4. The Originating column shows the DID that started the call (outbound number).
  5. The Terminating column lists the DID that received the call (inbound number)
  6. The Detail column will list the rate used for the call. If the call is provider-rated, the description will be used instead, if applicable.
  7. The Rate($) column shows the rate applied against each call, based on configured Voice Provider Rates and Rate Centers.
  8. The Mins column shows the duration of the call, in minutes.
  9. The Charge column lists the price of each call, calculated based on the rate and duration of the call.
Rollup Generic Parameters
When creating a voice service from scratch, you do have the option to Rollup Generic Parameters. Enabling this will calculate all the charges for generic parameters, along with their taxes, and reflect the total amount on a single line on the customer's invoice/statement and within their customer portal.

This option is found towards the bottom of the Create Voice Service modal:

Rate Centers and Rate Decks

Two terms you may frequently hear surrounding the deployment of voice services are Rate Center and Rate Deck. To help distinguish these two terms, Sonar uses Rate Centers, Voice Providers, and Voice Provider Rates as elements in your instance.

Rate Centers exist as a standard within the industry at large, the traditional definition differs slightly from its implementation in Sonar. Across the industry, a Rate Center is a regulatory construct in the North American Numbering Plan (NANP), used to determine usage-based call rates and number portability in the Public Switched Telephone Network (PSTN). A number may be ported between service providers, but not between rate centers.

In Sonar, a rate center is an organizational grouping of DIDs. It has a name and a related group of DIDs. Each direct inward dial (DID) number added to Sonar must be associated with a rate center. A rate center does not describe the rates that apply to CDRs in Sonar. Other mechanisms e.g. Voice Service Details (VSDs), Voice Provider Rates, etc. are used to determine the applicable usage-based call rates. As with other locations in Sonar, a "Default" Rate Center is created, and associate all added DIDs to it. While this "Default" cannot be deleted, it can be renamed, and additional Rate Centers can be created as needed.

Voice Providers, meanwhile, serve purely as an intermediary to attach your rates to. While most applications of voice billing don't require multiple Rate Centers, having multiple Voice Providers is much more common. When adding a DID, it's associated with both a Rate Center and a Voice Provider. Generally speaking, the Voice Provider will have very little to do with the DIDs you're able to assign to accounts. They do, however, control the rates you charge to customers for calls to other localities. This is done through Voice Provider Rates, also known as Rate Decks, which are associated with a Voice Provider and set your base rate and markup percentage. This means that a DID associated with Voice Provider #1 will be billed based on those rates, while another DID can be associated with Voice Provider #2 and be charged separate rates.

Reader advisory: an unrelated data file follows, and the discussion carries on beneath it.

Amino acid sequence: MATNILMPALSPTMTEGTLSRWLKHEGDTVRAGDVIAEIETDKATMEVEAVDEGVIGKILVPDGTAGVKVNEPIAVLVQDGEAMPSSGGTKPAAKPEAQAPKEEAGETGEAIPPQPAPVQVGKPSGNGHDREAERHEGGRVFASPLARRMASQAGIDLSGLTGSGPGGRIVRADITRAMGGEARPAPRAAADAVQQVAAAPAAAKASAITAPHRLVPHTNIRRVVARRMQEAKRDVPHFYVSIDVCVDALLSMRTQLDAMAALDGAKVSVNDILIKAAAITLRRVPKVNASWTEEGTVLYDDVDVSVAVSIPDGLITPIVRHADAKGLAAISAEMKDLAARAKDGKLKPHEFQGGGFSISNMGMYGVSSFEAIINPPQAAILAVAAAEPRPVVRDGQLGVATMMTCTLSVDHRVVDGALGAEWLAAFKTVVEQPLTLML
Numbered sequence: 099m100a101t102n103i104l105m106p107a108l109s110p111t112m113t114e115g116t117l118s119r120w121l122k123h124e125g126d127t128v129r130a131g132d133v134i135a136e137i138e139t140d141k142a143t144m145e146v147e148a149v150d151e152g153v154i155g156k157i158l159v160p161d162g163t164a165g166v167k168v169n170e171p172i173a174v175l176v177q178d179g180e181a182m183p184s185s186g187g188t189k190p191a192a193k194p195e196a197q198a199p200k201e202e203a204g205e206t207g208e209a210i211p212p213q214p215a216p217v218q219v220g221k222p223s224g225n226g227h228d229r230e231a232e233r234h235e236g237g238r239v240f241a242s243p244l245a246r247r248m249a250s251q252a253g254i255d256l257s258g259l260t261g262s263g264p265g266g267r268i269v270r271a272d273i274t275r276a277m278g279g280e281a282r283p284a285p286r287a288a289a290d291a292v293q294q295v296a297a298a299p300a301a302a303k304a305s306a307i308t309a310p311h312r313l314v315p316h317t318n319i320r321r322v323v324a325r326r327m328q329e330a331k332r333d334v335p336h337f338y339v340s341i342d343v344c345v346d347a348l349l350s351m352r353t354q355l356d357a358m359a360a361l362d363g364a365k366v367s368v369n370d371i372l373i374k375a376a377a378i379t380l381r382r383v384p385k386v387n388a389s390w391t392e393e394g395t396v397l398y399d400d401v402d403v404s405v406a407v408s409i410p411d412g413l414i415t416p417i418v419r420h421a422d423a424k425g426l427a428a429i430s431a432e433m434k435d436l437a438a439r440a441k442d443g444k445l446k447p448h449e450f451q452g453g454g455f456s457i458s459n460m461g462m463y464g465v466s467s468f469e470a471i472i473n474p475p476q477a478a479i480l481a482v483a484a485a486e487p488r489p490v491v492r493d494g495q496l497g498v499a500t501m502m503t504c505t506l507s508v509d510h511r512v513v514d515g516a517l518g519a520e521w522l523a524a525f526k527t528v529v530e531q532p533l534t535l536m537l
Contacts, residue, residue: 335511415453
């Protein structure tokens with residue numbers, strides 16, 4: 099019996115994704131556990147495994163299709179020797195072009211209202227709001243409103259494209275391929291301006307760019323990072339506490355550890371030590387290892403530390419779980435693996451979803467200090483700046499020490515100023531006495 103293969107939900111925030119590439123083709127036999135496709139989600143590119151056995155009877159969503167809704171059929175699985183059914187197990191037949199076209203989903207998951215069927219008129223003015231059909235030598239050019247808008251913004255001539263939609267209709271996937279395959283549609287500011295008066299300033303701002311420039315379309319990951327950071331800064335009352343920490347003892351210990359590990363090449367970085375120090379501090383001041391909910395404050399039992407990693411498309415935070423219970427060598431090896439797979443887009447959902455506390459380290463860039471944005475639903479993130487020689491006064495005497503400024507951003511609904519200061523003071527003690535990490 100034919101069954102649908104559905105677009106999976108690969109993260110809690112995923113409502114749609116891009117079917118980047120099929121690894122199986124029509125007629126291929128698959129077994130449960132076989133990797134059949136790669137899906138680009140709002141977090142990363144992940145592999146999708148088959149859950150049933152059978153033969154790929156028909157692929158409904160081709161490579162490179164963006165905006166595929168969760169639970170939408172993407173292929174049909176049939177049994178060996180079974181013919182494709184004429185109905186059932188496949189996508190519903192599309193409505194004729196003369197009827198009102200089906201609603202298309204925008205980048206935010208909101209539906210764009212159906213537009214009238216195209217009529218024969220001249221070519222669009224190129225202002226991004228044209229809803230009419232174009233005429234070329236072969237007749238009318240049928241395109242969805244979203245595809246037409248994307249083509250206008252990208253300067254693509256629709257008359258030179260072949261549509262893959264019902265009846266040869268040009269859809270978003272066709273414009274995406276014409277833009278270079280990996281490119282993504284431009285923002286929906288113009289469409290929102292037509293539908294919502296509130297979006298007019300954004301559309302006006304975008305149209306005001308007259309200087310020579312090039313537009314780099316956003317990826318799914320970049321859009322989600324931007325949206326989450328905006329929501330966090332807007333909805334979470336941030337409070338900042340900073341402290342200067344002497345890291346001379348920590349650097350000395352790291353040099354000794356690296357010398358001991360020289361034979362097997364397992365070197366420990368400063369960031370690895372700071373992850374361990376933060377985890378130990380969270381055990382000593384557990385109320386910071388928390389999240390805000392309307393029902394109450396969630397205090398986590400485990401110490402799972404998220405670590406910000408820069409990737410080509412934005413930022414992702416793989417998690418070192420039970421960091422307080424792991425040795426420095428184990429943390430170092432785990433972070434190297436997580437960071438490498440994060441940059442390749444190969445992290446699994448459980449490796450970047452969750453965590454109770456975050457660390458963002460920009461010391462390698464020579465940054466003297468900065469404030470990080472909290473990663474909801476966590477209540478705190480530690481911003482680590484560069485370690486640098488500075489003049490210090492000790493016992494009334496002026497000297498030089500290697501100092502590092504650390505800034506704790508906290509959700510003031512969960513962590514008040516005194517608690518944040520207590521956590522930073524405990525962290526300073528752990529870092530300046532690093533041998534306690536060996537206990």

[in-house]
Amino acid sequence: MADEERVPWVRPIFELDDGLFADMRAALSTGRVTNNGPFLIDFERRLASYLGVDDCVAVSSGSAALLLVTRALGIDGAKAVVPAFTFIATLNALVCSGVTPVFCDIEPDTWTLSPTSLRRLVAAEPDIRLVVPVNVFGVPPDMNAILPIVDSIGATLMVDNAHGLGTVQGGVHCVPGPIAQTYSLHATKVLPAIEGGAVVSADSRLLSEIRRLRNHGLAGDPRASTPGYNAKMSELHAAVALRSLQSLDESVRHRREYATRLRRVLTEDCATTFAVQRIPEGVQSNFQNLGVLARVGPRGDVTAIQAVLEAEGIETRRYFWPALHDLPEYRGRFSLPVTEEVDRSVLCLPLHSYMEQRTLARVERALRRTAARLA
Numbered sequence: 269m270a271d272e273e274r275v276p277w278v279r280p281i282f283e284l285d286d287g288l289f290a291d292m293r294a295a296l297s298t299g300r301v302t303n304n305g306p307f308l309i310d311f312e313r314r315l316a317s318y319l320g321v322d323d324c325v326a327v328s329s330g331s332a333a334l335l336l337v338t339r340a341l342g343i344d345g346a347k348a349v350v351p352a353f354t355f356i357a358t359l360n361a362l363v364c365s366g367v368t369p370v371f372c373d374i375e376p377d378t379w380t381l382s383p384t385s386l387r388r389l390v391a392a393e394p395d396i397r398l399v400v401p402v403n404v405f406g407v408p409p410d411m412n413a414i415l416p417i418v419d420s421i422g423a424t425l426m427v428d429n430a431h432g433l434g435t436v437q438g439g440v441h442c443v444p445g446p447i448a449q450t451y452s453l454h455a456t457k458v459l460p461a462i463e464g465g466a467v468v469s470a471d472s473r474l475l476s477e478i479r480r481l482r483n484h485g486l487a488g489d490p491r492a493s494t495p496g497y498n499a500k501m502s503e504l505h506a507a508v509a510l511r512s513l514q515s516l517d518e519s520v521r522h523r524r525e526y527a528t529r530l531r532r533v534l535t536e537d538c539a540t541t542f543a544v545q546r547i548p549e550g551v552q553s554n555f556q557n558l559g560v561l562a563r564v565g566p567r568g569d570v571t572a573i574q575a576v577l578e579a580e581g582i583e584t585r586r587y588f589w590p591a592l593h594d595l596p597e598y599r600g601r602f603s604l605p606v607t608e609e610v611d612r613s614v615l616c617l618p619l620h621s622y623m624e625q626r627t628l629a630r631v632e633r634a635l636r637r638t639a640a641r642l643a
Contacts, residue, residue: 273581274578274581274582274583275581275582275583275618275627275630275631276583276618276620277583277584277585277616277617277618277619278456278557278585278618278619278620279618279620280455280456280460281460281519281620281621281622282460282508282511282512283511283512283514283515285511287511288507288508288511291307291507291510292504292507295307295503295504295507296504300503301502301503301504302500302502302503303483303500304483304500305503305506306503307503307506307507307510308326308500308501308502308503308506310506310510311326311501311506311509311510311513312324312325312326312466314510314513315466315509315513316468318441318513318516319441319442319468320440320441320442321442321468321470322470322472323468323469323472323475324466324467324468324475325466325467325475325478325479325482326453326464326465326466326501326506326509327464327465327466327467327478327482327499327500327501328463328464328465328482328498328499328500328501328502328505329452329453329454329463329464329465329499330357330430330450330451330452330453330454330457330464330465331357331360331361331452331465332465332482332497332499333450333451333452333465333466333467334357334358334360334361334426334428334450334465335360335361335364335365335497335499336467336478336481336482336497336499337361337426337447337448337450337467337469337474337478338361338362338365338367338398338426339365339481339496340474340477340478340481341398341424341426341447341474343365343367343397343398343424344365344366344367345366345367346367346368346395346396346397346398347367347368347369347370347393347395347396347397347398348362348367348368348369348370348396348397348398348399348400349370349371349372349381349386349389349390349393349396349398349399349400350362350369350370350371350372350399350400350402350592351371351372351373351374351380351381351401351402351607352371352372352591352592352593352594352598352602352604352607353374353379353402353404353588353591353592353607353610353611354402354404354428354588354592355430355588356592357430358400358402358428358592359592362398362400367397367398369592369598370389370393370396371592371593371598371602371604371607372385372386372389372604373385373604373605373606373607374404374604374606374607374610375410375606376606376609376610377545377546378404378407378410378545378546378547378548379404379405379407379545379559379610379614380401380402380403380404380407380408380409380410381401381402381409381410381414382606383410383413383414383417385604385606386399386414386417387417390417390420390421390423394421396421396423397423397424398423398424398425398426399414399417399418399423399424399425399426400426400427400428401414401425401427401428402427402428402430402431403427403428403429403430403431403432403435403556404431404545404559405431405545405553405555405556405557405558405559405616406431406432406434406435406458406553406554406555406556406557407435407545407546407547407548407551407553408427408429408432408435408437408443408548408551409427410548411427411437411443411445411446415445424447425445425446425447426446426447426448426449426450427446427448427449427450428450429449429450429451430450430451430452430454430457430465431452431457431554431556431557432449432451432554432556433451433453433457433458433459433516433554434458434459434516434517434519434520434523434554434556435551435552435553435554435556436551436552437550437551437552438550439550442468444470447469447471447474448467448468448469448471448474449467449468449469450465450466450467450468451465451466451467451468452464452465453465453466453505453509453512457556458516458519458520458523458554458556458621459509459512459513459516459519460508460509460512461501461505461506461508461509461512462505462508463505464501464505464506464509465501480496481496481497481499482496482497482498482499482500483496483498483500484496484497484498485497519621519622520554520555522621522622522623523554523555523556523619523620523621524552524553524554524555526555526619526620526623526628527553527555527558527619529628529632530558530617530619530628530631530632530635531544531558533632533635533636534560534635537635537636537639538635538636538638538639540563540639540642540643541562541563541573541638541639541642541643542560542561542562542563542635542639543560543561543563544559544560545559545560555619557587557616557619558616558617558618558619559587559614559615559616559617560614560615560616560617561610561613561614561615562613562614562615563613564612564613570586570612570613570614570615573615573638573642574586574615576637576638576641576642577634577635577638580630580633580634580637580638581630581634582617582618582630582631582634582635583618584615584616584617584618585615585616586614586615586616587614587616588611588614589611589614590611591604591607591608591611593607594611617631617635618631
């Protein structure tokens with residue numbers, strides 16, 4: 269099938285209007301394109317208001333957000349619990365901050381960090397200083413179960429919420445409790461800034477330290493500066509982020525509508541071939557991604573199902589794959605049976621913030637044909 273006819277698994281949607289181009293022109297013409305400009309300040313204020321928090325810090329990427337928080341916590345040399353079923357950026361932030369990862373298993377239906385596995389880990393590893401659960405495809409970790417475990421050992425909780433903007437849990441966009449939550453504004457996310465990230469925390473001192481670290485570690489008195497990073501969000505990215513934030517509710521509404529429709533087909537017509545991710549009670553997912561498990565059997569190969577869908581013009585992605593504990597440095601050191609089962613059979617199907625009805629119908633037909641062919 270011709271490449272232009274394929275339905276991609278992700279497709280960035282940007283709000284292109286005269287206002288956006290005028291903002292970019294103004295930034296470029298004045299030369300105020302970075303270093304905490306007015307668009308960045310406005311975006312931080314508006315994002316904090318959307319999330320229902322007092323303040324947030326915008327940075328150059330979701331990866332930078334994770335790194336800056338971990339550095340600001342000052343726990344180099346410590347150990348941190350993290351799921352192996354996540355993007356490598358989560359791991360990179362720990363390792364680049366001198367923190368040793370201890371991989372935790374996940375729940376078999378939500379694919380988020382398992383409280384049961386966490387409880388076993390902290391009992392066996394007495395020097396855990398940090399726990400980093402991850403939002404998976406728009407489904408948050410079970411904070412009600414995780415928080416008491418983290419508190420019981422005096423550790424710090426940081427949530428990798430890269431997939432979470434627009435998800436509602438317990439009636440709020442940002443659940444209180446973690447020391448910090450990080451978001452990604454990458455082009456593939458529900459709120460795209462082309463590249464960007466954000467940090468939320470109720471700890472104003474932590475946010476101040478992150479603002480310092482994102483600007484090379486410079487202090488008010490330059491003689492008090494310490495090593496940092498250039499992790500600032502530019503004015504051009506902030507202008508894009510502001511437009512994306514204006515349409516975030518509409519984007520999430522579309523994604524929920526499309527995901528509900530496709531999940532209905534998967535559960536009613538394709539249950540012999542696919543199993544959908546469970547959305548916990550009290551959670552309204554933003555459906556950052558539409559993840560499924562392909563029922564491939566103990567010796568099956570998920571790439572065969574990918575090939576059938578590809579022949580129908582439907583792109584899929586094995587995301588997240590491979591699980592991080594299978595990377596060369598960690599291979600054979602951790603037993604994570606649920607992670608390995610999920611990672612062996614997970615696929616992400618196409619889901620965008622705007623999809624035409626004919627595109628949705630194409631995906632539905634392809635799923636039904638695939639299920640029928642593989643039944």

Billing for Long Distance

The most complicated aspect of billing your voice subscribers may be determining the best method for billing long-distance calls. Between the basic voice service settings providing configurable minutes and highly configurable Voice Provider Rates, determining the best way to charge long-distance, and explaining those charges to customers, can be challenging.

The order of operations for billing long-distance in Sonar is as follows:

Because of this process, the flat rate "Cost per minute for long distance calls" will only be billed when:

  1. The call is made or received from a number outside the defined "Local prefixes".
  2. No "Voice Provider Rate" exists for the locality that made/received the call.
  3. The account in question has no remaining long-distance minutes in their allotment.

This allows you the flexibility to ensure every call is accurately rated and billed, regardless of its origin or destination.